The 2008 recession created a fragile macroeconomic environment with distressing rates of unemployment, and not adequate monetary policies to revert to growth and prosperity. Moreover, the volatility that shook markets in 2015 continues to pose serious risks to trade agreements, the financial sector, and emerging markets. The World Bank forecasts a global growth of 2.4 percent for 2016, with both advanced and emerging economies facing depressing conditions. Lower commodity prices, unstable geopolitical and security climates, subdued demand, wavered equity markets, recession, and slower global trade are realities that need carefully designed long-term strategies. These strategies should aim at reducing poverty and inequality gaps, boosting economic opportunities for all, and exploring venues for enhanced sustainability.
With great challenges, also comes great opportunities to contribute in expanding the global wealth, equally, and sustainably through collaboration and mutual understanding of each actor’s constraints and ambitions.
In the past 50 years technological innovation has led to a fantastic rise in global trade and information globalization. With the global economy transforming in unprecedented ways, rethinking and re-evaluating our methods of development finance has become a critical element. While most of the global poor live in low and middle-income countries, many live in high-income countries. The eurozone crisis and instability in the Middle East show that developed and developing countries alike are confronted with the challenge of generating sustainable, inclusive growth. These crises not only inflict significant costs, there is also a reduction in the volume of available official development assistance for those in greater need. With the mounting number of links among emerging market and developing economies, there is a shift for new, mutually beneficial partnerships between developed and developing countries. Development finance in today’s age will have to reinvigorate itself based on attracting aid from diverse sources, emphasizing domestic resource mobilization, and capitalizing on the potential of the private sector. Moreover many countries in Africa and Latin America are now seeking foreign direct investment (FDIs) that generate jobs and benefit the country rather than aid tied to conditions that do not reflect the country’s reality. But given the global macroeconomic shifts we are experiencing, donors face challenges in reaching the most fragile economies and helping their most vulnerable members in a way that is synergized with today’s economic changes; and investors are worried about the creditworthiness of these potential markets.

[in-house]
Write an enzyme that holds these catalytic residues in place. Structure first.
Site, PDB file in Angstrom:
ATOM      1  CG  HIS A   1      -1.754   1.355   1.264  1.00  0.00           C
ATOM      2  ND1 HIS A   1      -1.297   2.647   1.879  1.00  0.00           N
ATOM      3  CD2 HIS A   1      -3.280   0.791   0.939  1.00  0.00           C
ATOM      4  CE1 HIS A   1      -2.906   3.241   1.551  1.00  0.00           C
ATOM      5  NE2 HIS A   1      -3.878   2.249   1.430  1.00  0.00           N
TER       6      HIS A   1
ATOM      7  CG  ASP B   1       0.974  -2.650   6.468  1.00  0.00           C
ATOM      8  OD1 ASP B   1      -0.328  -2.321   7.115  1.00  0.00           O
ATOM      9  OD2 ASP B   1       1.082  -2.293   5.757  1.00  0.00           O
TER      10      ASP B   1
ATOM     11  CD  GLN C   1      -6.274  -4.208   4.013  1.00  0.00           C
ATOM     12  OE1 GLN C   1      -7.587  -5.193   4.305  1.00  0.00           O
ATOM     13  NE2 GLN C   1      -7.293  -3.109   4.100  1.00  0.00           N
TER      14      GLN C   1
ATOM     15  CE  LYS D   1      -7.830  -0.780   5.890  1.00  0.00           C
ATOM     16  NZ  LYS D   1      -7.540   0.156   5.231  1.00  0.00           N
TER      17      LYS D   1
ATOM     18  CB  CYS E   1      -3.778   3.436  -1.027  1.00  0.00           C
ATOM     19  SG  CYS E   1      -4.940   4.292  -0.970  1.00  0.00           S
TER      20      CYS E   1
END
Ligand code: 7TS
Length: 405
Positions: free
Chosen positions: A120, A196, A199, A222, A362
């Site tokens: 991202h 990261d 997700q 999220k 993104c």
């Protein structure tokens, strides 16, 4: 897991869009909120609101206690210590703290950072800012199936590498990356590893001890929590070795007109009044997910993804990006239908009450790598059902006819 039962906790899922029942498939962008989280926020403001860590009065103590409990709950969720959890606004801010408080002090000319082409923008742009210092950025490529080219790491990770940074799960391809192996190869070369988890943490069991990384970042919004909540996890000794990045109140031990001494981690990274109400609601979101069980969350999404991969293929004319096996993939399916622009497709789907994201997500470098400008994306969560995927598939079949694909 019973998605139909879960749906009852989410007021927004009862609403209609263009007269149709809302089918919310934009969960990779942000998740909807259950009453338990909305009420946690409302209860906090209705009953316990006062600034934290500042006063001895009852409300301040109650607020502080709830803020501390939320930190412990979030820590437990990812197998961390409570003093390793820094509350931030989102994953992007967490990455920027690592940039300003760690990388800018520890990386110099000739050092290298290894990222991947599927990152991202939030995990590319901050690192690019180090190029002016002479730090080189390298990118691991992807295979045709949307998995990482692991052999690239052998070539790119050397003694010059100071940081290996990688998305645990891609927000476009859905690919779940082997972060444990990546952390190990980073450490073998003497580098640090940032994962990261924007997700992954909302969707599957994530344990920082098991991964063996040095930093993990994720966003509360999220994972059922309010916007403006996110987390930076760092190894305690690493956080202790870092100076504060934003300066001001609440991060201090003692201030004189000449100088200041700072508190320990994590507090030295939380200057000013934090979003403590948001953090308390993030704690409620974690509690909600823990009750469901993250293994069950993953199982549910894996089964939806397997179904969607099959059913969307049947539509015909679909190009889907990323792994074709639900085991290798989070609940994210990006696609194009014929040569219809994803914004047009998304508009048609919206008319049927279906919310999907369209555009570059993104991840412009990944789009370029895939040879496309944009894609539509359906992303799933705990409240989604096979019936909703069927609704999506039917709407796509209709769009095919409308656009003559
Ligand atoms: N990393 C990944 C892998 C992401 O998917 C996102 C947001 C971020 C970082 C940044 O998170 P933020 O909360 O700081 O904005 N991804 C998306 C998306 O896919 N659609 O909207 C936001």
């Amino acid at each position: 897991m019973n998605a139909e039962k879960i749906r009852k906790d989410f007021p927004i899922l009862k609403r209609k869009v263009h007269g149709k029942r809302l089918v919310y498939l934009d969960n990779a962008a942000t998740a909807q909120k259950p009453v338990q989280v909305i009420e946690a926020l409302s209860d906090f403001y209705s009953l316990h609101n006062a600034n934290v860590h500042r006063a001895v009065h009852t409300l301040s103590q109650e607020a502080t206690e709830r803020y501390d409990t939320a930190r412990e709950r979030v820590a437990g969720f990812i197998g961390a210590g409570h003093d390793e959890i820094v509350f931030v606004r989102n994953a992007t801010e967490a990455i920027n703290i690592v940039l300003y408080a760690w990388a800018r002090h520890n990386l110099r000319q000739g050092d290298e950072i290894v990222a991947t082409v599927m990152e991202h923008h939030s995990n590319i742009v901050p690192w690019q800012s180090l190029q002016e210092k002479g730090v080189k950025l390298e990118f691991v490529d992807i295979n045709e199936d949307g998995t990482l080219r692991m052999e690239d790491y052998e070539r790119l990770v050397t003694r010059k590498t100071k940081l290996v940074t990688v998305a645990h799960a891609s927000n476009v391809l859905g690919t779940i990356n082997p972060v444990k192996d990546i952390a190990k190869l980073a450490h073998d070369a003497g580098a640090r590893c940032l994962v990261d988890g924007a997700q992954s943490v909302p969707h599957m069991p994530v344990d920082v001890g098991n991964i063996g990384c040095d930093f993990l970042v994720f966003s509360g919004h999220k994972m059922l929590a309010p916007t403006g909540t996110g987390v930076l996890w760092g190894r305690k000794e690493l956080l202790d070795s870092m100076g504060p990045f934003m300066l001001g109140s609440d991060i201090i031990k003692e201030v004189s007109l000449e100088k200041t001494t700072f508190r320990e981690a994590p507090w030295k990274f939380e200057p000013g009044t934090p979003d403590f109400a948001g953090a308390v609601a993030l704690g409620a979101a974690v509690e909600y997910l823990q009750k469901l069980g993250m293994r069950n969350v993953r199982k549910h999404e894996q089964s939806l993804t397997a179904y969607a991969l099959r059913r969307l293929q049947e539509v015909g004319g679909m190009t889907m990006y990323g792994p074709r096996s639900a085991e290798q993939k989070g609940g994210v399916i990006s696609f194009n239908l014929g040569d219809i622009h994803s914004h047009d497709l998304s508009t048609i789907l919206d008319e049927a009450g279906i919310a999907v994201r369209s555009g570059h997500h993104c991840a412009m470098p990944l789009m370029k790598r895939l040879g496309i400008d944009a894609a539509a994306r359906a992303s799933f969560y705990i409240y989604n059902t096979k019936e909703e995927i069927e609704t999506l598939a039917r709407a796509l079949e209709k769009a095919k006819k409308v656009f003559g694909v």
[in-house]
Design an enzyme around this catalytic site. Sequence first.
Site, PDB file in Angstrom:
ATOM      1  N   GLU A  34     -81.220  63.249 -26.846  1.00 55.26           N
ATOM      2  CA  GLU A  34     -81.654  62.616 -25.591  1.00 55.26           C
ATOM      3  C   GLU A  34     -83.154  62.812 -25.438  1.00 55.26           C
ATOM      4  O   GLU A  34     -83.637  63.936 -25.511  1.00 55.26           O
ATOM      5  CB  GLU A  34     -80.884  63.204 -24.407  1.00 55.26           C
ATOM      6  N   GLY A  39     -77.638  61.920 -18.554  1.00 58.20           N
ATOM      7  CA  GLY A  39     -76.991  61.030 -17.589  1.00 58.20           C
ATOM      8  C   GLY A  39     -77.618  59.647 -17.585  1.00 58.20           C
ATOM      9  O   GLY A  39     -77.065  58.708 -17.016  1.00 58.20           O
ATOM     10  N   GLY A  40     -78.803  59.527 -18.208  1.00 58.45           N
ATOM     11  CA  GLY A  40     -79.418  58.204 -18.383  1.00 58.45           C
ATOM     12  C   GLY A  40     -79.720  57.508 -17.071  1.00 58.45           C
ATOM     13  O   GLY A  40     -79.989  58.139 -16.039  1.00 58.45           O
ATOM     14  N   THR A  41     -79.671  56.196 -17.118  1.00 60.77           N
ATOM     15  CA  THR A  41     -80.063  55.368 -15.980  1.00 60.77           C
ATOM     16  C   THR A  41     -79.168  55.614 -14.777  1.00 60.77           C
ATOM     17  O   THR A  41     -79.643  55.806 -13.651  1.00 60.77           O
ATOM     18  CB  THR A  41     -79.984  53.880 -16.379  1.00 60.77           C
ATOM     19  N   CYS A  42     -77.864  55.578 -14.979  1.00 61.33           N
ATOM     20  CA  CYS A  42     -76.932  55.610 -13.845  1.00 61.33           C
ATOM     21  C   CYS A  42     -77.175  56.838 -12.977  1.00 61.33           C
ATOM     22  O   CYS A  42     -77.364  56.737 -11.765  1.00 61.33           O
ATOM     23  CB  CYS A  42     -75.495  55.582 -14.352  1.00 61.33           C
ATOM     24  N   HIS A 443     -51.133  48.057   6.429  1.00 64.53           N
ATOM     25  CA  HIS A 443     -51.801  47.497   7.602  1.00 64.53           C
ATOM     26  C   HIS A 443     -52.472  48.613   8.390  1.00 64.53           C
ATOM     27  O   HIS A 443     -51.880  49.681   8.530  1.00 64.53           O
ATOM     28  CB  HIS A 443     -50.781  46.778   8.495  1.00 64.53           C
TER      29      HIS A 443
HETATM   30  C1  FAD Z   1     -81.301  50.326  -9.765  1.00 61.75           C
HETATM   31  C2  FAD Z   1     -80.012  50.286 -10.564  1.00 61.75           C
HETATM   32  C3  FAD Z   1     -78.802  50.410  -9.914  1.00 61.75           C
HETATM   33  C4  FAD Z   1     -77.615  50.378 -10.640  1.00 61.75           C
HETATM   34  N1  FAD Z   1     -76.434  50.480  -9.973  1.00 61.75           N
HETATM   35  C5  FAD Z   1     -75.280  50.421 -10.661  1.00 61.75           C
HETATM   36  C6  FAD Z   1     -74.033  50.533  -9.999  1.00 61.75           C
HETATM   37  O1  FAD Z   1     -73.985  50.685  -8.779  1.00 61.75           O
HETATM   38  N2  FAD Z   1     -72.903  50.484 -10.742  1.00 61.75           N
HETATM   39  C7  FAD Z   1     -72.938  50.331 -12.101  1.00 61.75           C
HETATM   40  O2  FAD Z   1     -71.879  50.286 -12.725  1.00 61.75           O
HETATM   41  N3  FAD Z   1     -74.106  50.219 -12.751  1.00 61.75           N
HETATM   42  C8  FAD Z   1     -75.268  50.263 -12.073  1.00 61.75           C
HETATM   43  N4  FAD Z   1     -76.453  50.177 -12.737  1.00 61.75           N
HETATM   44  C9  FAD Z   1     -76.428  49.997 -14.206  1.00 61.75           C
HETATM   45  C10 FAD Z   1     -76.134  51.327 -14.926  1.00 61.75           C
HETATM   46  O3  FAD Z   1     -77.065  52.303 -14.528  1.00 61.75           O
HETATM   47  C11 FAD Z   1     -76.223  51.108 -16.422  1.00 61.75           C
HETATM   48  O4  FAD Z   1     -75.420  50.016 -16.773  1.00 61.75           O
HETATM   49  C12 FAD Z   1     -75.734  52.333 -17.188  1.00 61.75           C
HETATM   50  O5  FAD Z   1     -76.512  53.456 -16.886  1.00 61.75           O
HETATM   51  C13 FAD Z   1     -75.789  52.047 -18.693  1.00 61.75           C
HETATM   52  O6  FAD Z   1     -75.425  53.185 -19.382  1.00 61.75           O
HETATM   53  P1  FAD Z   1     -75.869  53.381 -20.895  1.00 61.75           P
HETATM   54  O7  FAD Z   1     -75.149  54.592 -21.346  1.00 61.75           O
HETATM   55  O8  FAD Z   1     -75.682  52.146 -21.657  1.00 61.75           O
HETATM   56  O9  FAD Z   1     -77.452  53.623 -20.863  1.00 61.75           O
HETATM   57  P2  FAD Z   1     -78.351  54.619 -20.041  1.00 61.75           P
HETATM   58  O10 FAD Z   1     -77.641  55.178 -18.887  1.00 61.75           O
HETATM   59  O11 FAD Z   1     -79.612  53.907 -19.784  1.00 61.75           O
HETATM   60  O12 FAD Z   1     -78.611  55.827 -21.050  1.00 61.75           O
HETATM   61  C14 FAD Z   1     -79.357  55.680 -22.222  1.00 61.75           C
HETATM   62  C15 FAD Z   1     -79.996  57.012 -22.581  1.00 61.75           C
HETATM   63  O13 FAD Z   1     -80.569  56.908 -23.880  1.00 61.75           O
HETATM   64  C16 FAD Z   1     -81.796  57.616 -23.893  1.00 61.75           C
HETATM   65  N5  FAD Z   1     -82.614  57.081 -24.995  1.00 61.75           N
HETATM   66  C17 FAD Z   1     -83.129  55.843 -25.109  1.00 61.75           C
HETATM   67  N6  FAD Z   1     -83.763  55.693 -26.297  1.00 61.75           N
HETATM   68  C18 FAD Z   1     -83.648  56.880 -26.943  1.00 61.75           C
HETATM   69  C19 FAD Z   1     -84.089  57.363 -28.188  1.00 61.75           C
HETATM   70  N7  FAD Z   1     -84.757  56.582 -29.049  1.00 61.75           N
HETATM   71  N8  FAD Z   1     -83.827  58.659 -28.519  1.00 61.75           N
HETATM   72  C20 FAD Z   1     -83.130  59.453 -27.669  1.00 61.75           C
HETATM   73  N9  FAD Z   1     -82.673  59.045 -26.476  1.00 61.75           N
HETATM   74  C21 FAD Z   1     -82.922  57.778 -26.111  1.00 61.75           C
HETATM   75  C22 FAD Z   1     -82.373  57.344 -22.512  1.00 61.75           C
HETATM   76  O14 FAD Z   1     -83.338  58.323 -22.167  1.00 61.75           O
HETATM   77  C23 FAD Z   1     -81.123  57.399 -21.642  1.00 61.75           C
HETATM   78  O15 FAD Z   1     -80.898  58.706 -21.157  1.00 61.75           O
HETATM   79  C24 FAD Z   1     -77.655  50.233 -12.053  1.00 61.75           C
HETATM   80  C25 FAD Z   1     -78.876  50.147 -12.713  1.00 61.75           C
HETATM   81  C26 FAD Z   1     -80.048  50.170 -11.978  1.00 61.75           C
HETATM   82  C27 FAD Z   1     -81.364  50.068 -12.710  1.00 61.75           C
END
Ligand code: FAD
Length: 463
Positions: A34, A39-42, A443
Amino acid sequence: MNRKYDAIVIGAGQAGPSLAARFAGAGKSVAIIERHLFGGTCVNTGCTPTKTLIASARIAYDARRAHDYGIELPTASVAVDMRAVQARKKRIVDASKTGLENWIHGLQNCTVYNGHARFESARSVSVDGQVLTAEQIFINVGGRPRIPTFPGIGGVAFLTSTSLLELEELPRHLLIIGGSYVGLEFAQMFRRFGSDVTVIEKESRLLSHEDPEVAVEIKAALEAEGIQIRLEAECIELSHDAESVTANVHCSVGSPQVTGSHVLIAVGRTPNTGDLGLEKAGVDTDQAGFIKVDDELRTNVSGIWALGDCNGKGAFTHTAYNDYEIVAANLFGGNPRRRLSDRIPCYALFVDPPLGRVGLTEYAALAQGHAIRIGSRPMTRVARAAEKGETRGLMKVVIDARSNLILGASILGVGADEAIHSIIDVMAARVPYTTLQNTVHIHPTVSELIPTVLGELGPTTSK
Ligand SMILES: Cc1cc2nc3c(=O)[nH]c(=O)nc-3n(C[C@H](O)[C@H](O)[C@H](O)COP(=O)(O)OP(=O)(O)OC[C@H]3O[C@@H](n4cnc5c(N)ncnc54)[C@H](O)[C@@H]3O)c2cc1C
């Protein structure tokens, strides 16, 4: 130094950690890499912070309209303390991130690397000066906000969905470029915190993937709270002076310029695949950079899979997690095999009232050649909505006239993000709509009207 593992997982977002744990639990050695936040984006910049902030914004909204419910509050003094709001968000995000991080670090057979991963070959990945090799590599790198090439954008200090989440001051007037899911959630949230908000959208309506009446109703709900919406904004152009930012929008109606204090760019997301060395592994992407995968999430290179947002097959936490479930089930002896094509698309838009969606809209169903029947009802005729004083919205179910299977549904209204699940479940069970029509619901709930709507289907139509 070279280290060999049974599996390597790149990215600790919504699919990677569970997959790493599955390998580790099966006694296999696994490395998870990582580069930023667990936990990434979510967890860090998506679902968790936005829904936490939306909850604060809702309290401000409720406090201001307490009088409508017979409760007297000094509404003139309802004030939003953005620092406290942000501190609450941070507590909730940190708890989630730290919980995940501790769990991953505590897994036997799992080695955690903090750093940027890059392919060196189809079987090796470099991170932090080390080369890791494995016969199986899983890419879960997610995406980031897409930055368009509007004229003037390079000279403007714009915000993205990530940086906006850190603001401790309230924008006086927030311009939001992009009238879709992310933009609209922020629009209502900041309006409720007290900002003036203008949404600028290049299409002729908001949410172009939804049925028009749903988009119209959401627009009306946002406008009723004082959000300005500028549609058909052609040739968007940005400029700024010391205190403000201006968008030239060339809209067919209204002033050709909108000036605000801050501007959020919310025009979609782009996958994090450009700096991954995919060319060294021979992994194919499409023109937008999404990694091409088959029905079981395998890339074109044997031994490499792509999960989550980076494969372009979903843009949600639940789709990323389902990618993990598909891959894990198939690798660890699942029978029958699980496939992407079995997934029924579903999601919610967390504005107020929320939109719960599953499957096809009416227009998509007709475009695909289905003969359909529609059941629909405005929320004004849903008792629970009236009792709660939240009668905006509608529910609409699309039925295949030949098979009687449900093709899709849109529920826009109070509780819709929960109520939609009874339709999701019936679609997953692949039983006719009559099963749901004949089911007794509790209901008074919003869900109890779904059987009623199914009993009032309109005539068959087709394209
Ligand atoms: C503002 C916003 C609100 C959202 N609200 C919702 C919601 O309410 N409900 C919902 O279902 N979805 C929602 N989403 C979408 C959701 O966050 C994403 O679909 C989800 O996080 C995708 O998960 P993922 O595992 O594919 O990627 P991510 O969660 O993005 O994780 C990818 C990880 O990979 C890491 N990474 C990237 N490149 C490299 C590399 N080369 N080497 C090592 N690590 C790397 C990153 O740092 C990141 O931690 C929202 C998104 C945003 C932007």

With that in mind, the following questions will be discussed during this panel: